Network Access Control (NAC) sounds like something of a panacea: technology that can not only authenticate who is using your company's network, but also ensure that users' methods of access are virus-free and fully comply with your company's corporate security policies. And NAC has been getting a lot of press lately-proponents tout its ability to keep corporate networks clean and healthy in ways that technologies of the past couldn't.
As technologies like virtual private networks (VPNs), personal digital assistants (PDAs) and wireless technologies proliferate, the situation at many companies has become untenable.
Enter NAC. Many companies are beginning to see the technology as an answer to the network access problem, especially for guest or contractor access, but also for remote and wireless users.
"If you have a business partner visiting who needs Internet access to do a demo or a contractor temporarily working in your offices, you want to be able to provide them with network access, but without potentially introducing malicious programs they might have running on their systems to the network or giving them access to the entire network," explains Paul Roberts, senior analyst for enterprise security at The 451 Group of New York. "NAC provides a way to ensure that when they connect to your company's network, they are who they say they are, their systems are up to date, and they aren't infected with anything."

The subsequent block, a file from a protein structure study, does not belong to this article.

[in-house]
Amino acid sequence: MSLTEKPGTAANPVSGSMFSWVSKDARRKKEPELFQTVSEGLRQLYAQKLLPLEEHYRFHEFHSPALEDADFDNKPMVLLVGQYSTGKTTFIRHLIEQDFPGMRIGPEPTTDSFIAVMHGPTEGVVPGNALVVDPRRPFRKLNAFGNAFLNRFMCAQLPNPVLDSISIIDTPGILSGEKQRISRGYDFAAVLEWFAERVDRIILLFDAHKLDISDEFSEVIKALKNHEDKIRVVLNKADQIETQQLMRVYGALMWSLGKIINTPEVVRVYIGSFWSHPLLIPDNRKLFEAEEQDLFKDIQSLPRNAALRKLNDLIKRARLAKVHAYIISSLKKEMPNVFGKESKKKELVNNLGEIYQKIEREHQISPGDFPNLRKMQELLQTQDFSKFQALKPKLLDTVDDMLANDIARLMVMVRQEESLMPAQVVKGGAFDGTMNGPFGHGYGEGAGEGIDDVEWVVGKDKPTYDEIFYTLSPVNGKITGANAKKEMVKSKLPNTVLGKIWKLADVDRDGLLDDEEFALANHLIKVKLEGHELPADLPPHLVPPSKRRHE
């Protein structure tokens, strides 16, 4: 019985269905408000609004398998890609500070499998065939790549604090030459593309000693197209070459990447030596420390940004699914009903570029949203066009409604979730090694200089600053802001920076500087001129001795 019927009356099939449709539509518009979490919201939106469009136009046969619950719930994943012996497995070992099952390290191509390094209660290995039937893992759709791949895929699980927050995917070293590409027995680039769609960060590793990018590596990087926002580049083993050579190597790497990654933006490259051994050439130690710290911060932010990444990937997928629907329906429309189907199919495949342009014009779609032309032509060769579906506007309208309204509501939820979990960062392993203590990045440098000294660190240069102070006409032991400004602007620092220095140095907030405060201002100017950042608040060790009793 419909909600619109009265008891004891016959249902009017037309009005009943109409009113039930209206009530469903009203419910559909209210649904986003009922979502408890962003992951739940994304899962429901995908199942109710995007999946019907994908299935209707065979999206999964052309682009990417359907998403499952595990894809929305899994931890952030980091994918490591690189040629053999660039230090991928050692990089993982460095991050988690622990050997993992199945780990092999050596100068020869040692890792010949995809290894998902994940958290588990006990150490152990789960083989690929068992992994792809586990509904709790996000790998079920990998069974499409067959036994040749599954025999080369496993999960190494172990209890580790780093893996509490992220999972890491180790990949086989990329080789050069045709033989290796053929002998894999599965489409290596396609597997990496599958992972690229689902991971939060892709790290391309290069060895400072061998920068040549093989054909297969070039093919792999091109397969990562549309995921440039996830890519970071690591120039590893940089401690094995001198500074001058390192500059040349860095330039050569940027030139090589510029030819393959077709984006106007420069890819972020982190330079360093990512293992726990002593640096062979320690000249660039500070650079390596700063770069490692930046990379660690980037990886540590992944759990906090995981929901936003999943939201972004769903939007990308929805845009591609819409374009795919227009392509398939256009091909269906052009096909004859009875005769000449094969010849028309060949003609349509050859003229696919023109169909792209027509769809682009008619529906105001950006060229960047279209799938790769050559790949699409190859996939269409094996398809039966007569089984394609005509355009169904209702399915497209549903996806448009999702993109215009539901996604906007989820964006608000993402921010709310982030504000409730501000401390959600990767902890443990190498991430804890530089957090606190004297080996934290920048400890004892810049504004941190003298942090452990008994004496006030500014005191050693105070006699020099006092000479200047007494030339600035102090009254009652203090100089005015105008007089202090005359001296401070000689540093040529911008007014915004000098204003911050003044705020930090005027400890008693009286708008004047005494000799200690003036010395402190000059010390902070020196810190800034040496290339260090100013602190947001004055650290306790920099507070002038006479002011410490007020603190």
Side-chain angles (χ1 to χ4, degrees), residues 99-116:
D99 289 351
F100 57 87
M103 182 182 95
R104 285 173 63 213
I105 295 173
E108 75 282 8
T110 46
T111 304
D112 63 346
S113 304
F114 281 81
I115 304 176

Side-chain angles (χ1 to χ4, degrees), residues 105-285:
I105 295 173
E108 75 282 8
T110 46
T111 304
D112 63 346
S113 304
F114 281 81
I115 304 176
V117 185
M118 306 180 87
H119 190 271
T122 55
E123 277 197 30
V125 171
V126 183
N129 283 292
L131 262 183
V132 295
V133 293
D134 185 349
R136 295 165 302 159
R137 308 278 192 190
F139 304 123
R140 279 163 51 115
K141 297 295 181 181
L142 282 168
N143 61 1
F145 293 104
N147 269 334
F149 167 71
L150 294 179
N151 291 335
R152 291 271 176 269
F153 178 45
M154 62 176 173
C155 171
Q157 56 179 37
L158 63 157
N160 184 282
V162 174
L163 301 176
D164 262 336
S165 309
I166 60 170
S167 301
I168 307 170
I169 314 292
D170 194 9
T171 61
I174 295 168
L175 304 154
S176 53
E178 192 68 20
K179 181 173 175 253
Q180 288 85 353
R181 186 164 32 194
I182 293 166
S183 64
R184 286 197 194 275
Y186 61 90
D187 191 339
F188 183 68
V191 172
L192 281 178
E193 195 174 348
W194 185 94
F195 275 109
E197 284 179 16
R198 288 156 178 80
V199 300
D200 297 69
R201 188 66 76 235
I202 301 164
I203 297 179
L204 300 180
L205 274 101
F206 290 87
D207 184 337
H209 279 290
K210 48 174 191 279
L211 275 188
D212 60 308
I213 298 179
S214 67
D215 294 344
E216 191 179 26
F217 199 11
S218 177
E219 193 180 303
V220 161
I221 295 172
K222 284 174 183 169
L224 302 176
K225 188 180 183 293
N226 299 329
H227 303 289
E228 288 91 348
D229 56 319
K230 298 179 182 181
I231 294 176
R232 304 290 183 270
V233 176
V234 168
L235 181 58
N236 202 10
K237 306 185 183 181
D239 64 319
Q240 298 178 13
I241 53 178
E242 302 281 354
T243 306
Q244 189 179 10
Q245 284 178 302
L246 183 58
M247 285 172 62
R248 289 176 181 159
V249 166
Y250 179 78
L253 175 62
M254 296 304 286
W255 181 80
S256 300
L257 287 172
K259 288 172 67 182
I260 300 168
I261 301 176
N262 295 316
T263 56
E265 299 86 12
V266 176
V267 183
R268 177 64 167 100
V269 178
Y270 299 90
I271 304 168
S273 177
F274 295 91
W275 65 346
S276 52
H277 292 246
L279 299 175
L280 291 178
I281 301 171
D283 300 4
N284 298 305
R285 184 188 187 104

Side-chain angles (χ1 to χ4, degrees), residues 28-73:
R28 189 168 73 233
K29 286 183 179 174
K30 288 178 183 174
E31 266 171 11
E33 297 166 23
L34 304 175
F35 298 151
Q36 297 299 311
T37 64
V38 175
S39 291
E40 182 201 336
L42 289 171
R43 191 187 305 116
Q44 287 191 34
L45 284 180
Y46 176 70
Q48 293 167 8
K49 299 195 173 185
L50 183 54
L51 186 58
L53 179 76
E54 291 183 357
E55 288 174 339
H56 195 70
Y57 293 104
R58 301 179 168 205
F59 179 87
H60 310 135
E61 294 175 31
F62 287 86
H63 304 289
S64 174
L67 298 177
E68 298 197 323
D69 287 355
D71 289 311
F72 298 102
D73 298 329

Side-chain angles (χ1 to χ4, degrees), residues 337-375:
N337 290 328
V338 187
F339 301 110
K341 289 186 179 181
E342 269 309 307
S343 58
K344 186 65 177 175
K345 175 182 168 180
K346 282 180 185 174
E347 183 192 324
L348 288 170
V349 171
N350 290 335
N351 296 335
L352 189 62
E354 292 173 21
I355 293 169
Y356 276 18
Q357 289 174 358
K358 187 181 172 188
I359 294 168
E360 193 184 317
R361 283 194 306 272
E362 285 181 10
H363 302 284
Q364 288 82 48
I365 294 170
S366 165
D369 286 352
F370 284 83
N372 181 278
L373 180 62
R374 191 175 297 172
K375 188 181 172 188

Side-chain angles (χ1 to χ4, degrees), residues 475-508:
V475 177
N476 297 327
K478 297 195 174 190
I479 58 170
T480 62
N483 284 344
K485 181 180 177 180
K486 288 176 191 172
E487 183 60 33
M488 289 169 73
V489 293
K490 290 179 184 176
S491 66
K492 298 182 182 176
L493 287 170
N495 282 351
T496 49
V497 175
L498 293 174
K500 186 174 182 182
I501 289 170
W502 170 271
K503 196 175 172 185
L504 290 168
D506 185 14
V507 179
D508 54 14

But it's far from a perfect technology. Not only is it still maturing, but there are several competing factions and little in the way of industry standards, leading some to wonder if it might make sense to wait.
Every company doesn't need it today, says Joel Snyder, senior partner at Opus One. However, you should strongly consider it if you are worried about the authentication of people using your network, if you are concerned about the status of endpoint security on your systems, or if you need stronger, more granular access controls at the user level.
But there are signs that companies are ready to adopt the technology. According to a February, 2008 report from The 451 Group, enterprises are now ready to deploy NAC technology due to compliance issues, the need to lock down guest access and threat of data loss.
"It's definitely maturing," says Andrew Braunberg, research director for enterprise software and security at Current Analysis. "Major players like Cisco and Trusted Computing Group have realized that they have to play nice with Microsoft, so they now have interoperability agreements with Microsoft. That's just one example of how interoperability issues are being worked out. But it will take some more time.
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